Lifting A Curse

I’ve had a computer sitting around in the closet for nearly two years now.  I originally bought it as a fairly inexpensive barebones kit that I was going to build out to give to my Mother for her birthday.  But after I built it I decided that it wasn’t quite what I wanted and so I shelved it and I ended up giving her a new HP for Christmas later that year.  So into the closet it went, only being pulled out long enough for me to scavenge the video card and memory for some other systems that needed them. 

About six months ago I decided to revive it.  It was pretty lagging edge, but still useful for a basic computer for someone who just writes a few documents and checks email/surfs the web.  I had found a video card that I’d forgotten that I had while searching for something else in my office, so all I needed was memory, which I found for $20 or so on eBay.  As I was putting it together I noticed that the tab at the bottom of the metal bracket on the video card wouldn’t seat correctly in the hole, so I took a screwdriver (do you see where this is going?) to try to “guide” it into position.  Unfortunately, the screwdriver slipped, and when it did it hit one of the tiny surface mount resistors on the motherboard, completely annihilating it and ruining the motherboard in the process. 

Now I was at a decision point:  abandon the system or replace the motherboard?  I almost abandoned it when I started pricing replacement motherboards.  The system was so far behind the curve that no one was making new ones for this socket configuration anymore, and all of the online retailers were asking ridiculous prices for such old technology.  But eBay came to the rescue with a lightly used motherboard of similar configuration. 

So… I replaced the motherboard but realized that I didn’t have the proper ATX plate insert for all of the motherboard connectors.  I went ahead without one, but it was nagging at me that it could cause problems.  But, it didn’t appear to have any adverse impact as the system booted right up the first time and loaded the OS without any problems.  Or so I thought.  Once I shut it down it wouldn’t come back on until I’d unplugged the power supply for a few minutes.  If I didn’t all that would happen is that the front panel power light would come on but nothing else would happen (no fans, no HD spinup, etc; like it was in hibernate mode).  I tested the power supply with my ATX PS tester, and it showed all green lights for all of the supply lines on the MB connector as well as all of the molex connectors.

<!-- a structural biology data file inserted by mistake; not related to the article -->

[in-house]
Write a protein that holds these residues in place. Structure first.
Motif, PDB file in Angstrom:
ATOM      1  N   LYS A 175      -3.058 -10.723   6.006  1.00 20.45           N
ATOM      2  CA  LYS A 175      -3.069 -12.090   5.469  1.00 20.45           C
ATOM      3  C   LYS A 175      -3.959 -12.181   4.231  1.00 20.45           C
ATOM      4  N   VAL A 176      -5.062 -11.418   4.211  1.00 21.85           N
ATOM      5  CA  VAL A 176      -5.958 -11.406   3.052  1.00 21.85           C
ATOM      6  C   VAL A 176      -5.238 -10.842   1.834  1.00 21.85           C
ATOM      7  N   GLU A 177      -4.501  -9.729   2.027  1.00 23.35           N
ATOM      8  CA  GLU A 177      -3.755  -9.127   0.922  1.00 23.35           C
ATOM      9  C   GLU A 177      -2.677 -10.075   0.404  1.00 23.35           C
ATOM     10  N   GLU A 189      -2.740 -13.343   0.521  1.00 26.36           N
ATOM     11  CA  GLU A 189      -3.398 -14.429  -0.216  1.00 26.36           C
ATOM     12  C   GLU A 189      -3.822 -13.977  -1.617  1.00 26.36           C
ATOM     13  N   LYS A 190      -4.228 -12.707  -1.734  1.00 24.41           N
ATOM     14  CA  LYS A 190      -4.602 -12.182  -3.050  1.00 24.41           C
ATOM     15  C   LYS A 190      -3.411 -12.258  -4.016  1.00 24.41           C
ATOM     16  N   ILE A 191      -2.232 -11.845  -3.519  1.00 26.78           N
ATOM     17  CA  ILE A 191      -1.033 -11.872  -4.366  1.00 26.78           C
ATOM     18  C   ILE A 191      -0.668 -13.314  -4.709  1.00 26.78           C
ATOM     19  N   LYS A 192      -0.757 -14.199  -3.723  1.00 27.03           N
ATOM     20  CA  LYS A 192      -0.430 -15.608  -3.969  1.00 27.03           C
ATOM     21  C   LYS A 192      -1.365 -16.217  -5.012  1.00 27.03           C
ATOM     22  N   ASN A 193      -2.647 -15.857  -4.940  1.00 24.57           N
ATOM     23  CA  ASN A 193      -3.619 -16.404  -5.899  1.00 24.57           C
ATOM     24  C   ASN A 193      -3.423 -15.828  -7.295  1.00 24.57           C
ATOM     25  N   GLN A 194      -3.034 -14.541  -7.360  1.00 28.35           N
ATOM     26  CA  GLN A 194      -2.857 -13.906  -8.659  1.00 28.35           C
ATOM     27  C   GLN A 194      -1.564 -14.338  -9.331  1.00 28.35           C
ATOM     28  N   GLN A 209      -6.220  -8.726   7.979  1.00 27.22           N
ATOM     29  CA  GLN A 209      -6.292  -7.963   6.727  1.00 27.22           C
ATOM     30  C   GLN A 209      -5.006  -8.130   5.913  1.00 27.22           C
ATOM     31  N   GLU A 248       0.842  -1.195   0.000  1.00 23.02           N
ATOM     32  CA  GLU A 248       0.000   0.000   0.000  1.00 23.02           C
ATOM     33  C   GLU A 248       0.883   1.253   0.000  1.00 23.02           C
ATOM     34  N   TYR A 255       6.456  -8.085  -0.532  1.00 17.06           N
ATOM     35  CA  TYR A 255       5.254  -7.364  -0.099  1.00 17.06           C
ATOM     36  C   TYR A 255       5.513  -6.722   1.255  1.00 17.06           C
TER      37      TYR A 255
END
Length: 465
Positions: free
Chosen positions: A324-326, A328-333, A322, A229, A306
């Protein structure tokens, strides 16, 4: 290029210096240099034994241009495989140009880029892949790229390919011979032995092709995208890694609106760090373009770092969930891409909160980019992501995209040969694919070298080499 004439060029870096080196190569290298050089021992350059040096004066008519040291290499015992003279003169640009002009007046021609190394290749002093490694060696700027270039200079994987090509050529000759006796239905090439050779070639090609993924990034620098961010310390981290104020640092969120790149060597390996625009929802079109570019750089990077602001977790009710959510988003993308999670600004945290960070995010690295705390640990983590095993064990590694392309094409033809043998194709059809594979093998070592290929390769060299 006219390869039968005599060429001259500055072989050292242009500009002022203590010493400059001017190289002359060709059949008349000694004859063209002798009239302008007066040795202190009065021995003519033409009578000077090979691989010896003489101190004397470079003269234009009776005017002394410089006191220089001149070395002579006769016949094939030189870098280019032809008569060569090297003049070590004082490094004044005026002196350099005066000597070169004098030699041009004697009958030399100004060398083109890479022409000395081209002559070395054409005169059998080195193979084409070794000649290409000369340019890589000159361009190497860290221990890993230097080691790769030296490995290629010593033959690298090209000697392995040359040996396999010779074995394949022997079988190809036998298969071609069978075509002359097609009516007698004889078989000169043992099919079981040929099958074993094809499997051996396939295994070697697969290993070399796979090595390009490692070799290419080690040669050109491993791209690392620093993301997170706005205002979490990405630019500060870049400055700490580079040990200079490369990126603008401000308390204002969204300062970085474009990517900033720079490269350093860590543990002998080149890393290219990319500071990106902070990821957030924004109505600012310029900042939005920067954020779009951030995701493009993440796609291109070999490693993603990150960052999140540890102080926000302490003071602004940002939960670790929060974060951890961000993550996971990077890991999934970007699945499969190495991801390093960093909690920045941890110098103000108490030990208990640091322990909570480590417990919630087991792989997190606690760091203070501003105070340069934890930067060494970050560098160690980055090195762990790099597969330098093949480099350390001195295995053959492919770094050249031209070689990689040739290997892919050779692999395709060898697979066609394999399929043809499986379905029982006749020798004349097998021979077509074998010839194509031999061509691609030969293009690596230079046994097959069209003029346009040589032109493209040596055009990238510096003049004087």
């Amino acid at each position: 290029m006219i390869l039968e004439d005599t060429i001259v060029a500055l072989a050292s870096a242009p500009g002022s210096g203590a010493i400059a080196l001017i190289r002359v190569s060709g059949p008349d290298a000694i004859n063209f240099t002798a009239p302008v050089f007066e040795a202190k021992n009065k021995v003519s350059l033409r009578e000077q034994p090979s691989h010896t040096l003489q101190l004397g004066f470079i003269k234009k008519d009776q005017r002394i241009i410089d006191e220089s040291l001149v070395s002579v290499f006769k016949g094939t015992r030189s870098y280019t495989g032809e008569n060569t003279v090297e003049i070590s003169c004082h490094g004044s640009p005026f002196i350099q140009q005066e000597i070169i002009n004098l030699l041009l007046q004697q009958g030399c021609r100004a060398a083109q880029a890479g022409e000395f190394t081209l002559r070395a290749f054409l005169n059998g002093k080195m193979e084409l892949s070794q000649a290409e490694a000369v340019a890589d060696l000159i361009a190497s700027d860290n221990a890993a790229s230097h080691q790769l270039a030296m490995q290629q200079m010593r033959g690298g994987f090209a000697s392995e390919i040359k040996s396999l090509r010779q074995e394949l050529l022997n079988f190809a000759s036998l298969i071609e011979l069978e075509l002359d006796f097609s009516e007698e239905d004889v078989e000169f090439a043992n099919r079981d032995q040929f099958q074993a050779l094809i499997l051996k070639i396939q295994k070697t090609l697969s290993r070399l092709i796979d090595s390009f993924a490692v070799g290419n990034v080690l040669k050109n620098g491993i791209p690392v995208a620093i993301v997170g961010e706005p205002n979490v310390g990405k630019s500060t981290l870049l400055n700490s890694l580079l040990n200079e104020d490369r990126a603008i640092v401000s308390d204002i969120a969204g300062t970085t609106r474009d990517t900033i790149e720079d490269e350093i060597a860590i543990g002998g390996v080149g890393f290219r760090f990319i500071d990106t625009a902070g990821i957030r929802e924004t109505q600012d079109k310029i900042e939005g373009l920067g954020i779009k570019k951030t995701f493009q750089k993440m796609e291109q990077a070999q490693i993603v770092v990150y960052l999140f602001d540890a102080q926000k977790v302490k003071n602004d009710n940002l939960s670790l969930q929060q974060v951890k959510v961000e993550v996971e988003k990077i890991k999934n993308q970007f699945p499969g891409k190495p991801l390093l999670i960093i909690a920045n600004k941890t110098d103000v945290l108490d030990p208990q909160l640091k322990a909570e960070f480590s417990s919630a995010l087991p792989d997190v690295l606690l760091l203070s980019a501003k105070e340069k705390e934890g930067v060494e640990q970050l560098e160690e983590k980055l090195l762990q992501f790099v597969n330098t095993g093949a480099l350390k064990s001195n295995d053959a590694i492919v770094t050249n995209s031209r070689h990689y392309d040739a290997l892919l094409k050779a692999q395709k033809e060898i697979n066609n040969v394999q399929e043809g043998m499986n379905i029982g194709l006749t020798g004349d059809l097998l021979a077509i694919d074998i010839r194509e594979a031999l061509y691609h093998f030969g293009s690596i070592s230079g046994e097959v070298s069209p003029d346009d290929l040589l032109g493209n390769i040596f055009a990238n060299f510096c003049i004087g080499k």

I thought maybe I had some weird grounding issue, so I went back to eBay and managed to find what seemed to be the one remaining ATX insert for this motherboard on planet Earth (only $6.00!).  grin  Once I had it in hand I proceeded to remove the motherboard (which is always a royal pain), install the new plate, and check all grounding points to make sure they were in contact.  So I plugged it in, booted it up, and then shut it down.  Then I pressed the power button again.  No joy.  Same problem. 

At this point I’m convinced that this system is cursed and I decided to cannibalize it for parts.  But when I started my latest build I had two older-style ATX power supplies (including the Enermax) that I could not use in newer systems.  As a last-ditch effort to revive the system I swapped the original power supply for the Enermax.  And the system now works perfectly!  So the problem had been the power supply all along, despite the fact that my power supply tester showed no problems.  Either the PS was marginal for the new motherboard or it had gone bad while it was in storage. 

I guess the lesson learned is that if you suspect a power supply is bad to try another one even if the original tests OK (provided you have another PS on hand, of course). 

Now I have no idea what I’m going to do with this system; it was just sheer cussedness on my part that made me want to get it running again.  If someone is in desperate need of a new PC I’d be willing to give it away (it’d have to be someone local since the shipping would be prohibitive).  If memory serves, it’s an Athlon XP 2200+ with 1GB of RAM, an 80GB hard drive, a 16X DVD-RW drive, and it’s running openSUSE (11.0 I think).  No tech support or exorcist included.  grin

1 Comment

  1. Bob S. says:


    Check with any local churches for single parents that might need a good basic system.

    I work with the Single Parent Family Ministry at Richland Hills Church of Christ, there are always single parents that have had to sell everything for one reason or another but want to be able to get online or help their kids with home work.

    Great post on the ‘joys’ of working on older systems.